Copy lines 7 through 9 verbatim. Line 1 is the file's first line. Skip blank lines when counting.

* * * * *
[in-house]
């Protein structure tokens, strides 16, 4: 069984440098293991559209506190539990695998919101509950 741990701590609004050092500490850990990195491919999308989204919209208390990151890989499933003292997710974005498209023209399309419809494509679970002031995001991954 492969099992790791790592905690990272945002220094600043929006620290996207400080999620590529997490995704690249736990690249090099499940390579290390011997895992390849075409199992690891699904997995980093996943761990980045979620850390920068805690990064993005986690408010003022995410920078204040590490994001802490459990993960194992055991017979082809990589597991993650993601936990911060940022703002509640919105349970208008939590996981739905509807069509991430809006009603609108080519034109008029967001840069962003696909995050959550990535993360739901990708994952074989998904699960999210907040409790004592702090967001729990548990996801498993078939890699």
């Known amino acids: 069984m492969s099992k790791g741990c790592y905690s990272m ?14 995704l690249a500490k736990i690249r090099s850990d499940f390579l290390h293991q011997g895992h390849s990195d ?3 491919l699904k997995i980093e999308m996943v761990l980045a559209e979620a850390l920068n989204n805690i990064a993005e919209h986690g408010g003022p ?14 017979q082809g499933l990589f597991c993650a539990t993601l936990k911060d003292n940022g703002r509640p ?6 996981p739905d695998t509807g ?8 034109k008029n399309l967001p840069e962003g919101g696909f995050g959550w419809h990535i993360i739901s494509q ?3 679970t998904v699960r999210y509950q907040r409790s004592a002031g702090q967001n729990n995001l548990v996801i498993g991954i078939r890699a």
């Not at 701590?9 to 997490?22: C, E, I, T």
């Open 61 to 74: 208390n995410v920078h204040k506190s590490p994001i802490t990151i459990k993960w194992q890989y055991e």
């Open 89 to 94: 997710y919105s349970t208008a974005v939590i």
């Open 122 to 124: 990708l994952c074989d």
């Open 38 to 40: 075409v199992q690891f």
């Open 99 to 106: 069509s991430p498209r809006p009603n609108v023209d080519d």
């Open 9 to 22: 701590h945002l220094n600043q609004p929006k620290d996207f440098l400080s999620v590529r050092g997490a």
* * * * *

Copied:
């Open 122 to 124: 990708l994952c074989d």
């Open 38 to 40: 075409v199992q690891f």
């Open 99 to 106: 069509s991430p498209r809006p009603n609108v023209d080519d």